In a shocking admission, the former NFL sideline reporter and current Thursday Night Football panelist has revealed that she occasionally fabricated reports during her time as a sideline reporter.
This week former NFL sideline reporter and current Thursday Night Football panelist Charissa Thompson made some comments that have caused debate among football fans and evoked charged responses from journalists. On the popular podcast “Pardon My Take”, Thompson admitted that when she was a sideline reporter if she was unable to get an interview with a coach heading back into the locker room that she would simply fabricate a comment, such as being better on third down. Or in other words, something a coach is likely to say that no one would question.
The backlash from journalists and other sideline reporters was scathing, calling Thomson unethical and not a proper representation of the hard work that sideline reporters do on a daily basis. Thompson, after the wave of backlash, took to Instagram to clarify her remarks, apologized for using the wrong words, and reiterated her respect for the profession. But in the eyes of many, Thompson has lost all credibility, particularly among her peers. Fans, who already have preconceived notions about the importance of sideline reporters, have taken to double down on this perceived lack of importance. More than anything, this incident has once again shined a light on the complex relationship between the media and fans, the importance of true journalism, and the inherent sexism that exists in pro sports.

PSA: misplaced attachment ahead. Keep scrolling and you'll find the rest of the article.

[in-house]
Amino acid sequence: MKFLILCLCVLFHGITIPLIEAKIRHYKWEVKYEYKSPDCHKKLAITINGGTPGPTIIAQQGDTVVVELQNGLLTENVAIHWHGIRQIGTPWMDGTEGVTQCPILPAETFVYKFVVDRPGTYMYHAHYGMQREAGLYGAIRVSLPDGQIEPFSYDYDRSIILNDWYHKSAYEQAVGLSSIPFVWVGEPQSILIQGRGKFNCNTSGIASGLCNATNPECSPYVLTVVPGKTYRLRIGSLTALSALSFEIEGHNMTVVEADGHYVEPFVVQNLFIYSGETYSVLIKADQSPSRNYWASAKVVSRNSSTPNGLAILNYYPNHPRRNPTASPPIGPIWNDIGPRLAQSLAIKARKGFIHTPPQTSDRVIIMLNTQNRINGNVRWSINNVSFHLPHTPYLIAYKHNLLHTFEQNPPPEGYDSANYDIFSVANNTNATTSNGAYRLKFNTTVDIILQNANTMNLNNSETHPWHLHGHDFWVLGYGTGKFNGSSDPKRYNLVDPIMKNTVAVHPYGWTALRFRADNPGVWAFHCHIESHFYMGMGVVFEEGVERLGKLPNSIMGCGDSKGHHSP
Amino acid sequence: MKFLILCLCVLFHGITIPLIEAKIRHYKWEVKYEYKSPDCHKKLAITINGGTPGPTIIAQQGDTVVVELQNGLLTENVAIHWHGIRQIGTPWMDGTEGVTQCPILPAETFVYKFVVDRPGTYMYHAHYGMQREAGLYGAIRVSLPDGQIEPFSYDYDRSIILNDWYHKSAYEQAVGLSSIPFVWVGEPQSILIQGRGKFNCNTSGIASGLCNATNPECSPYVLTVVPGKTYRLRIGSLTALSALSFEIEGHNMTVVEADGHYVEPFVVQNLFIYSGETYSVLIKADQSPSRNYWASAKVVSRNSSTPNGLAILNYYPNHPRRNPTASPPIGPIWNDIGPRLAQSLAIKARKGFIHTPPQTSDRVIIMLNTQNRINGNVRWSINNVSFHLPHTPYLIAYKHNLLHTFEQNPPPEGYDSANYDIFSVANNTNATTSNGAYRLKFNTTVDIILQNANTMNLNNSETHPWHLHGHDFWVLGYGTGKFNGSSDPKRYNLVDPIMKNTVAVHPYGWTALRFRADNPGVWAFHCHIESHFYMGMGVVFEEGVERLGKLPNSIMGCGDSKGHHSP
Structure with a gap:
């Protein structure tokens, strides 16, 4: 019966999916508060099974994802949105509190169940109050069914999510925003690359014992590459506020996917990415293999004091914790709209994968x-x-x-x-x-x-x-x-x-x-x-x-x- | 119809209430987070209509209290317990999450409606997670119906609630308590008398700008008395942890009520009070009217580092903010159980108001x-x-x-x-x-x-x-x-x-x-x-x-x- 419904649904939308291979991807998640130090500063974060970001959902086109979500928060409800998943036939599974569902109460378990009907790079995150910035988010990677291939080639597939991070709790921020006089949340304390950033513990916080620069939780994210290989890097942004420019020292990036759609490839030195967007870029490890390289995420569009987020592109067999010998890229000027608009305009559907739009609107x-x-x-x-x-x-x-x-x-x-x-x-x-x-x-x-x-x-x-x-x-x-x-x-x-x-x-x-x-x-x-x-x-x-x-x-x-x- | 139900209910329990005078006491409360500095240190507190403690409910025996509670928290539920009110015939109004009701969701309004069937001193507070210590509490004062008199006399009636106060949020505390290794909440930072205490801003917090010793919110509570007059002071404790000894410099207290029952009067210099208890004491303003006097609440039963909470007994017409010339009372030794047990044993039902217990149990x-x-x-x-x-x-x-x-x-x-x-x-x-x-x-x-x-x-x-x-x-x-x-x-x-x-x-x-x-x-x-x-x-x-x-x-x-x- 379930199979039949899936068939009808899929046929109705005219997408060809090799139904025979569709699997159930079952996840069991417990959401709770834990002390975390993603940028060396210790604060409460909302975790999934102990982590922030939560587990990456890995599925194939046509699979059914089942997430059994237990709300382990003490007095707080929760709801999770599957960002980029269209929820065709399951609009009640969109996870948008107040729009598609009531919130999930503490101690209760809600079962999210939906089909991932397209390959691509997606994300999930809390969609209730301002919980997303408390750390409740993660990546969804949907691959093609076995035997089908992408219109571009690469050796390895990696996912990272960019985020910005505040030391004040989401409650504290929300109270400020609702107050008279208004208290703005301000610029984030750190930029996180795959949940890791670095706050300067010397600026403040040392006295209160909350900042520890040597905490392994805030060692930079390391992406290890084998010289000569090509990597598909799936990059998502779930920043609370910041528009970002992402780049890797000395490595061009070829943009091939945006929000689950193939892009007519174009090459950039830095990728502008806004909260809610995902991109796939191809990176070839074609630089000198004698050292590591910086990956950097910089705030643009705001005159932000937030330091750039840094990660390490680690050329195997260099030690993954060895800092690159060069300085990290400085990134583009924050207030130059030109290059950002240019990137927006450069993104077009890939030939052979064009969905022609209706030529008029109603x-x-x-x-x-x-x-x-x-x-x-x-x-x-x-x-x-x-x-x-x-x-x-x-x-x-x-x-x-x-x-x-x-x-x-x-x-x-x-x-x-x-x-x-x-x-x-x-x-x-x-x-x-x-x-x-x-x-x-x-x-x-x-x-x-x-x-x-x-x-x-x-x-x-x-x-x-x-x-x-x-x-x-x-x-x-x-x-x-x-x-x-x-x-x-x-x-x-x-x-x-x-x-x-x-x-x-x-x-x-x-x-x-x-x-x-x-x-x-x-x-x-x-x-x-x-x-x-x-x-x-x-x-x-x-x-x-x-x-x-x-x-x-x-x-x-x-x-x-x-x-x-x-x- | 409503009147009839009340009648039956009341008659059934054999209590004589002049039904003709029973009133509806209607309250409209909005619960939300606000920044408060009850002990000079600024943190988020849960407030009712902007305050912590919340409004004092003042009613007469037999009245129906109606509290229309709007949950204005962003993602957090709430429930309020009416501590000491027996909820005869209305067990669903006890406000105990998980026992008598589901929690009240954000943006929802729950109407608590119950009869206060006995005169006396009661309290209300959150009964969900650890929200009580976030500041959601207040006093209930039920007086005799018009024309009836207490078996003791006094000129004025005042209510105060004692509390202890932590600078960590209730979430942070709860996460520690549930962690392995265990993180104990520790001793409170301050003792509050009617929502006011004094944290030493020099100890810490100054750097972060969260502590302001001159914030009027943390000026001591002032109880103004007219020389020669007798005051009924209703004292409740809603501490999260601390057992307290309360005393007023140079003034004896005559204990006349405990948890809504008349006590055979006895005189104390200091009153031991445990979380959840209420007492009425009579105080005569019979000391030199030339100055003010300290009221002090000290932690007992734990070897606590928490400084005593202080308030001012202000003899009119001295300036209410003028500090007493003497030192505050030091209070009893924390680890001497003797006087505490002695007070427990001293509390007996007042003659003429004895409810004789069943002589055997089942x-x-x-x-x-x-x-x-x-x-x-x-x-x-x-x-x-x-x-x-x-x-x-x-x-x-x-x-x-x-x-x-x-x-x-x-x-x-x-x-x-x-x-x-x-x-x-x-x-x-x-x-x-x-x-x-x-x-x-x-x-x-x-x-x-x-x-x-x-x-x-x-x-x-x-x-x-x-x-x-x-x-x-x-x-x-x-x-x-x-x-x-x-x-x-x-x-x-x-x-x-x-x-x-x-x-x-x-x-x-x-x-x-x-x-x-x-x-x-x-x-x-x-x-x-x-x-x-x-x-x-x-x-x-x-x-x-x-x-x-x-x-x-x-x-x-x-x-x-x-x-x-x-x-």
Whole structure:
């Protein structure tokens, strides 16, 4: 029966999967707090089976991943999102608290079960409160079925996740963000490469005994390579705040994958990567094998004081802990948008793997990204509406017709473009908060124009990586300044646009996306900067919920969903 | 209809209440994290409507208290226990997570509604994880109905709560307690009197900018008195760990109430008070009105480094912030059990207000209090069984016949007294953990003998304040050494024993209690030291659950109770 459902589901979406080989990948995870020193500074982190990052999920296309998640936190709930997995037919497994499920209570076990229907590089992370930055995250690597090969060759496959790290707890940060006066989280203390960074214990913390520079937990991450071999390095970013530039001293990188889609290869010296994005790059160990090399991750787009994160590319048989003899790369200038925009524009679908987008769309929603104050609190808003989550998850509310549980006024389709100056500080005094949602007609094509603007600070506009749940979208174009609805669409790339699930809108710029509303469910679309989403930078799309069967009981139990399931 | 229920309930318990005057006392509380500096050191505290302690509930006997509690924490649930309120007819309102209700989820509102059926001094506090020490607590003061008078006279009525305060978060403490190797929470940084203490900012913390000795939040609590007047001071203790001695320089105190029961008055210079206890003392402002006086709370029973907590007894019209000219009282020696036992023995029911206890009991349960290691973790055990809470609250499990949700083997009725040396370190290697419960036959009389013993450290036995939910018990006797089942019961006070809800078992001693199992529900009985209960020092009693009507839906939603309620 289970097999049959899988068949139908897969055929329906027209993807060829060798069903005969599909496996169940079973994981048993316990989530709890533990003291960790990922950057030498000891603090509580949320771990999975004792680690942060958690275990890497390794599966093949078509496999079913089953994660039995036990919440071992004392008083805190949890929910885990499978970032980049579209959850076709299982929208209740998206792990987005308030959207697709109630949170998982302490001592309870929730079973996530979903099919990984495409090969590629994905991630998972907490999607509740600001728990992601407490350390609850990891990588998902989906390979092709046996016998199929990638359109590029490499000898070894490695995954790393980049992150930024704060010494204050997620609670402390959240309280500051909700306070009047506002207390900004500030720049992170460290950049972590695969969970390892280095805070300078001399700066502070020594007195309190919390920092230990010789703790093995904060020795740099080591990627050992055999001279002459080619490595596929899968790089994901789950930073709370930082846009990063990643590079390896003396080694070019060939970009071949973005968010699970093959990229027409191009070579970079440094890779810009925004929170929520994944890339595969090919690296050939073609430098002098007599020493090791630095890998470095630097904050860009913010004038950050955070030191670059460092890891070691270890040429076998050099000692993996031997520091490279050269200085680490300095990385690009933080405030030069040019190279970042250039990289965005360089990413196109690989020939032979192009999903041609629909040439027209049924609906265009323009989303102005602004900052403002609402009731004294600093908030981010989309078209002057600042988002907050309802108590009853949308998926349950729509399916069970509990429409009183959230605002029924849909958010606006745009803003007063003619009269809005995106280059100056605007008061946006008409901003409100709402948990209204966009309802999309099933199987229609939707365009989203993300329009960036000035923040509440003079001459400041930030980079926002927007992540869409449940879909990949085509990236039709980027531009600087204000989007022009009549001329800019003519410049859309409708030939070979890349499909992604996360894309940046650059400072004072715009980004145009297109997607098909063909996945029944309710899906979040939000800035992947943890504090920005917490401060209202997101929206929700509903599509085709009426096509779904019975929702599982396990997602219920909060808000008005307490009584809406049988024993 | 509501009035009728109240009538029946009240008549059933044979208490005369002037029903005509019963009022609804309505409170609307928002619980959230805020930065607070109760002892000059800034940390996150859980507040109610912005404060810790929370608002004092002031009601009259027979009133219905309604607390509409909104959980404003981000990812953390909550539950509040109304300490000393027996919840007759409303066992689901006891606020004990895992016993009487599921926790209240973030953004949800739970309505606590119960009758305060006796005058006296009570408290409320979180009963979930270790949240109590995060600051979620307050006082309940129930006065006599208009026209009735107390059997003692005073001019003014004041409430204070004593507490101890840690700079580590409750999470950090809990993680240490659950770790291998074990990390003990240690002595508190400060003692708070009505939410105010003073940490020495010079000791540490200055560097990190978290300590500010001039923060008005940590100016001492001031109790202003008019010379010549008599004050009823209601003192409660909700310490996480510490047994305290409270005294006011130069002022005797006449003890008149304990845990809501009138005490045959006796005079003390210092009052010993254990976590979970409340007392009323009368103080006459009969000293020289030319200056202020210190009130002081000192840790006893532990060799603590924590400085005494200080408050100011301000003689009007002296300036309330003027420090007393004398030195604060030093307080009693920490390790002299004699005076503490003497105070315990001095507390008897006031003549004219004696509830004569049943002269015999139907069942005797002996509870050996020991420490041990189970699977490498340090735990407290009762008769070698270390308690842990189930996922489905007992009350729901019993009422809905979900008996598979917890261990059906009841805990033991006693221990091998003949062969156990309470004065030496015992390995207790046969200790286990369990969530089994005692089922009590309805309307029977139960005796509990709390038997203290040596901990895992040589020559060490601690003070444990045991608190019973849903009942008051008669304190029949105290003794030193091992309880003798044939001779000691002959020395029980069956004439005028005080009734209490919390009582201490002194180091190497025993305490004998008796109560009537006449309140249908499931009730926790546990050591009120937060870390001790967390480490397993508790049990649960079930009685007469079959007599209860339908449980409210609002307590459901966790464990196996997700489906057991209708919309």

The Often Maligned Sideline Reporter
Sports fans can often be crass people when in the safety of their fellow fans. The amount of times that I have been in a gathering place where a game was being watched and an attractive sideline reporter was delivering an update on tactics or an injury, the same comment would inevitably come up. A crude comment filled with sexual innuendo and a dismissal that this person only got their job because they are attractive. I have seen this with reporters like Thompson, Erin Andrews, Samantha Ponder, and Allie LaForce. It doesn’t matter who the sideline reporter is, the comment remains the same.
It is this recurring instance that has created the narrative about sideline reporters. That they are merely eye candy, and bring no meaningful substance to a broadcast. The irony in this thought process of course is that most sideline reporters have degrees in telecommunications and often have extensive journalism backgrounds. Erin Andrews, for example, had a degree in telecommunications from the University of Florida and had years of experience as a reporter and studio host long before becoming a sideline reporter. But this all comes secondary to many people because she is an attractive woman in a field that is dominated by men.